I need to remember that God has a plan that I don't see.He is working in that person's heart. He is weaving a provision for my situation. He is causing a ram to climb up the other side of the mountain.While I am taking this journey through life, maybe I can stop and consider Isaac's journey up to the mountain. He had a long time to question what he had to do, but he didn't turn back. He didn't know what the outcome would be, but he still moved forward. He simply believed that God's plan was perfect and trusted in Him in a way that I cannot imagine.

I will always struggle with understanding God's plan, and I will always ask the question, "Why is this happening?" But maybe I can stop and consider Isaac and what he went through. His story gives me a bigger picture of God. Because while Abraham was making that long journey up the mountain to sacrifice his son, God had a ram climbing up the other side.

Saturday, October 8, 2011

Rock Does NOT Beat Paper

This has to be one of the most enlightening things that I have read about in a long time. Now I truly understand what is wrong with this society. We believe that paper beats rock. We accept it. We grow up believing that this is fact. When all along, we have believed a lie!

From this day forward, I will strive to educate the ignorate population and enlighten them of the truth. Paper does not beat rock. In fact, I will begin proclaiming this on my nearest street corner and knock on every door, all in the hope that eyes will be opened to the truth.

In fact, I will start an after school program to reach the children of our society who have grown up believing this lie! I will make t-shirts and colorful rubber band wrist thingies, all in the attempt to expose the truth.

Join me in this cause and help to spread the word! Reach the masses with the truth! Save the children!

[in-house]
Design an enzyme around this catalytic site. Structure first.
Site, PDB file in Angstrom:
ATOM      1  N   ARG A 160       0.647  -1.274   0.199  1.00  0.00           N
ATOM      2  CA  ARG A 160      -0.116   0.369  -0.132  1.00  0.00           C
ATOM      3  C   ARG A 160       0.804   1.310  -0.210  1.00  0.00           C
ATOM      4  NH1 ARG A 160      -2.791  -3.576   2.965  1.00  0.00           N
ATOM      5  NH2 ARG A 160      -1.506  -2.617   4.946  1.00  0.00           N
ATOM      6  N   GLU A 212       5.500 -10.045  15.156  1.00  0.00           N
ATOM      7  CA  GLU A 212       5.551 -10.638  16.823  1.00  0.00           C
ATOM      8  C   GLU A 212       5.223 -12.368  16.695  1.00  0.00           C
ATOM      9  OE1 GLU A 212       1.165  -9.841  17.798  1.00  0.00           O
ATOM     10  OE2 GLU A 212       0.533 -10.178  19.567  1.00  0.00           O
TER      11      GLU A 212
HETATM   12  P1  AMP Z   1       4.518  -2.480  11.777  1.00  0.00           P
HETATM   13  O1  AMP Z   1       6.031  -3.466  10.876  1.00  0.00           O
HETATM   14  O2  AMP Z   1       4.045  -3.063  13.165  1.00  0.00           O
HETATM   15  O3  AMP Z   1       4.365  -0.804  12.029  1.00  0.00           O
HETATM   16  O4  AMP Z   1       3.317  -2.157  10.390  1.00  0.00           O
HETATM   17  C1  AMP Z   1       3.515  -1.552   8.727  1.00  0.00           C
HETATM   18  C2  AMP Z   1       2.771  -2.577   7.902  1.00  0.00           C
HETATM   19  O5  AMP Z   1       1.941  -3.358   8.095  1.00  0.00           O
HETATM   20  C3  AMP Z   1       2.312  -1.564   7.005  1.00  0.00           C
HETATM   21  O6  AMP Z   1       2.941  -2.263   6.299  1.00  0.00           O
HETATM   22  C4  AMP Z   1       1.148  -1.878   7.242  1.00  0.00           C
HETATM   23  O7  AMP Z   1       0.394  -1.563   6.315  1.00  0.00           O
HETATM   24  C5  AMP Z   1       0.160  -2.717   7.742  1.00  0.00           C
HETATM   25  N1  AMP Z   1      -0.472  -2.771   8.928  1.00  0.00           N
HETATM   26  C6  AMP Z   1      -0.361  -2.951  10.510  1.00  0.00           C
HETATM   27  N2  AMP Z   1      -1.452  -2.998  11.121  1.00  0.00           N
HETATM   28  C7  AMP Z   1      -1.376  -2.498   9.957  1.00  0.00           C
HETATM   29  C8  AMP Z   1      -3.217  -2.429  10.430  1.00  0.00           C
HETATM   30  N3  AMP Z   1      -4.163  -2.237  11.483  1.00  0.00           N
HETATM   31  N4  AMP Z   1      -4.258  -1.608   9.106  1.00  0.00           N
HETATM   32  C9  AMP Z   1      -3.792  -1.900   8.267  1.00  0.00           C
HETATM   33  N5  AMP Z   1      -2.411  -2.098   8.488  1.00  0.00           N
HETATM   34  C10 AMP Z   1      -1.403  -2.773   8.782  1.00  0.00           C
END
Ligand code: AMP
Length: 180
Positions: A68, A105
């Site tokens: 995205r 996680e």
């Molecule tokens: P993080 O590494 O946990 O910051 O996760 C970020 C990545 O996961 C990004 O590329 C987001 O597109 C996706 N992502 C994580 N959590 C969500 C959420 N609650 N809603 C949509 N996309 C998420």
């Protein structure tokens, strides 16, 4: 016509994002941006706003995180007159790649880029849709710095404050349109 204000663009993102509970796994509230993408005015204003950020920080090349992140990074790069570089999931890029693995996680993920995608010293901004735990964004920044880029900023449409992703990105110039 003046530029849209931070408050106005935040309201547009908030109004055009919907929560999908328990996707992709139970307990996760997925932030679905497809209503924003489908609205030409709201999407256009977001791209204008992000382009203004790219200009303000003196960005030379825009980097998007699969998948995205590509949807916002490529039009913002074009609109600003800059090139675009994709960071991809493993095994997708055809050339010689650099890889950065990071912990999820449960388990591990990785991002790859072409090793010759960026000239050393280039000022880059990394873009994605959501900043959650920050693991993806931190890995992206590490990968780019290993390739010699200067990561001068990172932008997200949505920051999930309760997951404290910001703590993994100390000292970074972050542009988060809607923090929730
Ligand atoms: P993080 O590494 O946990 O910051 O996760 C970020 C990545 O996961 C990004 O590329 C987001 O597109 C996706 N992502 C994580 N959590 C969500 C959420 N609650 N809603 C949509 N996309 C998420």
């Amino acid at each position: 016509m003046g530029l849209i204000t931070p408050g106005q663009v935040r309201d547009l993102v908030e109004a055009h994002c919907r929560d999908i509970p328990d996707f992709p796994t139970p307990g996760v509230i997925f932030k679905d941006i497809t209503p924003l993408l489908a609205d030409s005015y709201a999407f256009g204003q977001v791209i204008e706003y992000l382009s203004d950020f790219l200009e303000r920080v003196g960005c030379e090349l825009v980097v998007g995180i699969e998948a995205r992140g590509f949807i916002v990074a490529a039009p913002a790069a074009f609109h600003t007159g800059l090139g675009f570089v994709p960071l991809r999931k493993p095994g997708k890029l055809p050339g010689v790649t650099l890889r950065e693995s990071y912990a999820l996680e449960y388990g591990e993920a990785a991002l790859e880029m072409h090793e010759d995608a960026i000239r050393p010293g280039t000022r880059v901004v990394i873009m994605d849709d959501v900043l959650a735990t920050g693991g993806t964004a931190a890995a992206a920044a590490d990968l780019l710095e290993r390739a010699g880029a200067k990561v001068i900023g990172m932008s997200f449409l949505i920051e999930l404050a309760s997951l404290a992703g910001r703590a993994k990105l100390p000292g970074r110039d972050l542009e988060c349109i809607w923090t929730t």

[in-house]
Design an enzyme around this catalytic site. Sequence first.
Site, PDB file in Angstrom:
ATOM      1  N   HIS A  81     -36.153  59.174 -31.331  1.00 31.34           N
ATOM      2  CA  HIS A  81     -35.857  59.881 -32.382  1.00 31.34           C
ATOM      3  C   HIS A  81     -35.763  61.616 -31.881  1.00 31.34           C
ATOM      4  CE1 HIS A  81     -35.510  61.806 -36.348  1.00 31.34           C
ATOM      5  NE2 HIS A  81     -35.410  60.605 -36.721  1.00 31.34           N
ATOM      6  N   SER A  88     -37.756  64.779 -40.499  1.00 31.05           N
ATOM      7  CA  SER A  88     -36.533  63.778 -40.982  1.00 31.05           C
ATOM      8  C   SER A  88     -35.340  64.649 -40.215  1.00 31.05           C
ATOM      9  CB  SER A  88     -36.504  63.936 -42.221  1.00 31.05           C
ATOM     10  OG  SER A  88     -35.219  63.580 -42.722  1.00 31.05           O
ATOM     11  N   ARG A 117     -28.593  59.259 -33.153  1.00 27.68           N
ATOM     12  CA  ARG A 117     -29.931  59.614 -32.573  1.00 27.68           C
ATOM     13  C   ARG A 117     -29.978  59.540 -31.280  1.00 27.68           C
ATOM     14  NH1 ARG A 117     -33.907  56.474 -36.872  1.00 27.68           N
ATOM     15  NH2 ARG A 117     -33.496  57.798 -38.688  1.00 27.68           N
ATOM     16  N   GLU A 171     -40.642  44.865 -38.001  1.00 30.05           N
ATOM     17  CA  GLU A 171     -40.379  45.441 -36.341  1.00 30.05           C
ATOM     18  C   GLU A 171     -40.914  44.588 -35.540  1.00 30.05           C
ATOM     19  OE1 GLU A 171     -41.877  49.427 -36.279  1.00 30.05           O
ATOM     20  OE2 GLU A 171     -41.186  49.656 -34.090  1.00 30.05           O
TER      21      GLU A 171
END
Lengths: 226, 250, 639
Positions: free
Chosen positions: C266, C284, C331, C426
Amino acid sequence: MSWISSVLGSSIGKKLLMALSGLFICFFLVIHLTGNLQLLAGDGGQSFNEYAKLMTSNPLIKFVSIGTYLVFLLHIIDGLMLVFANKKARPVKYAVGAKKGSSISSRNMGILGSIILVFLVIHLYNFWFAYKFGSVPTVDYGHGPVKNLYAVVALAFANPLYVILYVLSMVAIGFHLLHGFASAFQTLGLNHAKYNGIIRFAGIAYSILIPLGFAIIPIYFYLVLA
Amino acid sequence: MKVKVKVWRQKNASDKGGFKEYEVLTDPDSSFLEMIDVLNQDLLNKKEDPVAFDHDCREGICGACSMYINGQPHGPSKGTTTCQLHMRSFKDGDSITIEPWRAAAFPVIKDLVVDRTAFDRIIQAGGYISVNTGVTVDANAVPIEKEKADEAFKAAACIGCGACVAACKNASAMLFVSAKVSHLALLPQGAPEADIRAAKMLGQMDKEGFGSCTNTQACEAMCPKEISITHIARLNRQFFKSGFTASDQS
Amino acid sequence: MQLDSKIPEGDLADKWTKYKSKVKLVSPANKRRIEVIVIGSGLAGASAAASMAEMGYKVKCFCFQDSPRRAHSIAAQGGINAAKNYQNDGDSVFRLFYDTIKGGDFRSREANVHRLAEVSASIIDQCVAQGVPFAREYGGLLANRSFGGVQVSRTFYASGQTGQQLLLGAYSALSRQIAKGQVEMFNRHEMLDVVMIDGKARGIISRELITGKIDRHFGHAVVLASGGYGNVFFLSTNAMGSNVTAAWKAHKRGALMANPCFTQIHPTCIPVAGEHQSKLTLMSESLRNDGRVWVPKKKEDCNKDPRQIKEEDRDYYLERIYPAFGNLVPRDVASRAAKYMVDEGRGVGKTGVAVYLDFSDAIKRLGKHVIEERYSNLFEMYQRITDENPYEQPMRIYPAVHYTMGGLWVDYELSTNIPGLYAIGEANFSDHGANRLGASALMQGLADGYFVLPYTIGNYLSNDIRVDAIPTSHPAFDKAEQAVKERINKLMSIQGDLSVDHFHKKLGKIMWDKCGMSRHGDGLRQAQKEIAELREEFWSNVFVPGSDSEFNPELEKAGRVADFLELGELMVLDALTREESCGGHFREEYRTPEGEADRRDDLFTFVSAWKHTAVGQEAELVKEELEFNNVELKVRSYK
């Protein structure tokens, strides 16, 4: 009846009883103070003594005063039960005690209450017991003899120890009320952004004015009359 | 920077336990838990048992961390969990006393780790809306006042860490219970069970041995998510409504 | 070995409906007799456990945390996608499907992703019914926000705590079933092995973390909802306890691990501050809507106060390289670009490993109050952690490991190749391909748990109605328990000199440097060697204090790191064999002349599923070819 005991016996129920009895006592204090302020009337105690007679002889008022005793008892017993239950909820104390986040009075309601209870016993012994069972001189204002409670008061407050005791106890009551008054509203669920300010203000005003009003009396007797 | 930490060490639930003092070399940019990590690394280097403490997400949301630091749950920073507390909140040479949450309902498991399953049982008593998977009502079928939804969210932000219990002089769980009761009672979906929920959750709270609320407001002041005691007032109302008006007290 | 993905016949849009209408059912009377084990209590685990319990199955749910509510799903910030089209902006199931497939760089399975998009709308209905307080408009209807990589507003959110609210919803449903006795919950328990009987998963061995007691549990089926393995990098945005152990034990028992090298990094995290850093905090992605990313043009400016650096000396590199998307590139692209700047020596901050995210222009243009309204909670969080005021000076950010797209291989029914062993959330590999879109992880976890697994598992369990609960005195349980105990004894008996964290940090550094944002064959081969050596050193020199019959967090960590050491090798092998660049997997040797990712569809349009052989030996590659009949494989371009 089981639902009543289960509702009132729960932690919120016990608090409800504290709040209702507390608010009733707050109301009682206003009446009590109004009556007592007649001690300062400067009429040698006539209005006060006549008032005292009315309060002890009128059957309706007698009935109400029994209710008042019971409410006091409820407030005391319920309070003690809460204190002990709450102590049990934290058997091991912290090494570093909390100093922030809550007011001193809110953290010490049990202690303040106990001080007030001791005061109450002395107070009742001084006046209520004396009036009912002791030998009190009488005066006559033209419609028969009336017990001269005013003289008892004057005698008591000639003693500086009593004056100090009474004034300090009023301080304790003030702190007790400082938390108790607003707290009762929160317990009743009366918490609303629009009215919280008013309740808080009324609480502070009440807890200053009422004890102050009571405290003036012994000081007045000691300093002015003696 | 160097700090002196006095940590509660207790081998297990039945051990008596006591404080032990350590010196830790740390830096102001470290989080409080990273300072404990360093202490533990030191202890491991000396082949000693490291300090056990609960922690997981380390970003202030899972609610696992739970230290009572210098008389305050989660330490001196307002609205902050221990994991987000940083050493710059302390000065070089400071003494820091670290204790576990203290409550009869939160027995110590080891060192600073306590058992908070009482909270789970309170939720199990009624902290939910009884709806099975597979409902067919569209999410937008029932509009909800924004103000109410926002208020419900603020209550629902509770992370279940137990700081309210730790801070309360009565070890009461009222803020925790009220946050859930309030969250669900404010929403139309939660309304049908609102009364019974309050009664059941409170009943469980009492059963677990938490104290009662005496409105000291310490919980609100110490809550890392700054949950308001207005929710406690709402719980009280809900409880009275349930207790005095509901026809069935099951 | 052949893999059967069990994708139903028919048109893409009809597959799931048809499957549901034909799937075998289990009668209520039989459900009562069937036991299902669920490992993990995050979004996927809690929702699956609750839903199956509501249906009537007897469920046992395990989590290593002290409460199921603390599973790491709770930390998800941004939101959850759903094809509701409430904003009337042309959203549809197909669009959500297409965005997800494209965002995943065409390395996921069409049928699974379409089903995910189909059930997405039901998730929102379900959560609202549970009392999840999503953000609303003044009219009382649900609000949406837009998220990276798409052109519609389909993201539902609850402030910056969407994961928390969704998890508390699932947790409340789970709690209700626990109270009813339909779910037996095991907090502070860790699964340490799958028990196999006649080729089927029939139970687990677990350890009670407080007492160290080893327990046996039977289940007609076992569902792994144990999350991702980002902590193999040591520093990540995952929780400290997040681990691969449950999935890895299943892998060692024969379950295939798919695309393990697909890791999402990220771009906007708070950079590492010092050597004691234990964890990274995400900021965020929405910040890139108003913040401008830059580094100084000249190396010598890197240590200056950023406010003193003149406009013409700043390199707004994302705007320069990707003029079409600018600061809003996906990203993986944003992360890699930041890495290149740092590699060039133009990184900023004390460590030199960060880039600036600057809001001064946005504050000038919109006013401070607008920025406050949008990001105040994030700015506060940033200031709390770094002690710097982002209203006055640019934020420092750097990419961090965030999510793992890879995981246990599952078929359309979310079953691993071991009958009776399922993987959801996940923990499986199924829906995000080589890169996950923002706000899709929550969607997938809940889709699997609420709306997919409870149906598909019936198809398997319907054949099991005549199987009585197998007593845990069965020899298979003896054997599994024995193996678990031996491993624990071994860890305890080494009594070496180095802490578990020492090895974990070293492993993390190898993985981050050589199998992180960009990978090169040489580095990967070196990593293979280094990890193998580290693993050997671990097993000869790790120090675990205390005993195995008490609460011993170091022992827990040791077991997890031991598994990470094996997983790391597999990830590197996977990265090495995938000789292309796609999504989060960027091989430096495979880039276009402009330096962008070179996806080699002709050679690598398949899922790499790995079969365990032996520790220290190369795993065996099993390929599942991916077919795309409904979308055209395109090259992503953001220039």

Sunday, January 16, 2011

Student Driver-Beware

This past week our son began driving. This is child #3 on the student driving circuit, so I think that I've finally learned how to push back the images that can flash through my brain. Like confusing the gas with the brake. Rear ending the car in front of them. Pedestrians impaled on the hood ornament. Stuff like that.

But, I reluctantly admit, he's not too bad of a driver. I don't want him to know it; heaven forbid he gets overly confident.

But the other day was his very first drive-thru. He managed to made it up the the window, cautiously inching his way up to it as the two young,ahem, attractive ladies wait. He finds the window button and pushes it down to order, only to have my window roll down.
The young, ahem, attractive ladies wait.
He gives a little smirky smile and pushes the window button down. The back window rolls down.
The young, ahem, attractive ladies wait. Giggle.
Finally, New Driver gets his window down and gazes upon those sweet giggling faces.
"Your his first drive-thru." I have to explain.
"Ohhhh, that's so sweeeeeet! How cute!!!" The young,ahem, attractive girls coo.
New Driver gives his smirky smile. And blushes.